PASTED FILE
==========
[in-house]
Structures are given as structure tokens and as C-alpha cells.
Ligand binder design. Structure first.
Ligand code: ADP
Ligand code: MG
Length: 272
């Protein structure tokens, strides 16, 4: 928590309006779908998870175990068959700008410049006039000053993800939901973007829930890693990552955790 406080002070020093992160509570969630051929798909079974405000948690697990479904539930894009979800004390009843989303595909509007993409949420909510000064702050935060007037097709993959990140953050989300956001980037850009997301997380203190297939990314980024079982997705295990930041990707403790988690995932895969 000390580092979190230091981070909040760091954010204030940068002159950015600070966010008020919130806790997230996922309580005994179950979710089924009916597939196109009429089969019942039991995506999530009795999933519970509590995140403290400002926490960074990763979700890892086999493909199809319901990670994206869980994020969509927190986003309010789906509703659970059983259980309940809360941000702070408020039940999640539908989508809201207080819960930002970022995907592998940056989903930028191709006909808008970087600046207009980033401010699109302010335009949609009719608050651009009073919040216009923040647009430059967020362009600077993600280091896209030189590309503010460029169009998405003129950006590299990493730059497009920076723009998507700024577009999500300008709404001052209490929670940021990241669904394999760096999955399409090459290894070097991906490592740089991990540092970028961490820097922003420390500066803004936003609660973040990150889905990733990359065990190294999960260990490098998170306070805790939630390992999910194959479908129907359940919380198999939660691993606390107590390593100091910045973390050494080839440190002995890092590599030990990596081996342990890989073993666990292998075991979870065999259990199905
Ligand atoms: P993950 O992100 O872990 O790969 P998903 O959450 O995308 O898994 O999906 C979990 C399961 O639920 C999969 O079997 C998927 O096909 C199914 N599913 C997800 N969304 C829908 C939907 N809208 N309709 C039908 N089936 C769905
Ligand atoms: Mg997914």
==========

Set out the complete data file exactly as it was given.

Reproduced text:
[in-house]
Structures are given as structure tokens and as C-alpha cells.
Ligand binder design. Structure first.
Ligand code: ADP
Ligand code: MG
Length: 272
């Protein structure tokens, strides 16, 4: 928590309006779908998870175990068959700008410049006039000053993800939901973007829930890693990552955790 406080002070020093992160509570969630051929798909079974405000948690697990479904539930894009979800004390009843989303595909509007993409949420909510000064702050935060007037097709993959990140953050989300956001980037850009997301997380203190297939990314980024079982997705295990930041990707403790988690995932895969 000390580092979190230091981070909040760091954010204030940068002159950015600070966010008020919130806790997230996922309580005994179950979710089924009916597939196109009429089969019942039991995506999530009795999933519970509590995140403290400002926490960074990763979700890892086999493909199809319901990670994206869980994020969509927190986003309010789906509703659970059983259980309940809360941000702070408020039940999640539908989508809201207080819960930002970022995907592998940056989903930028191709006909808008970087600046207009980033401010699109302010335009949609009719608050651009009073919040216009923040647009430059967020362009600077993600280091896209030189590309503010460029169009998405003129950006590299990493730059497009920076723009998507700024577009999500300008709404001052209490929670940021990241669904394999760096999955399409090459290894070097991906490592740089991990540092970028961490820097922003420390500066803004936003609660973040990150889905990733990359065990190294999960260990490098998170306070805790939630390992999910194959479908129907359940919380198999939660691993606390107590390593100091910045973390050494080839440190002995890092590599030990990596081996342990890989073993666990292998075991979870065999259990199905
Ligand atoms: P993950 O992100 O872990 O790969 P998903 O959450 O995308 O898994 O999906 C979990 C399961 O639920 C999969 O079997 C998927 O096909 C199914 N599913 C997800 N969304 C829908 C939907 N809208 N309709 C039908 N089936 C769905
Ligand atoms: Mg997914």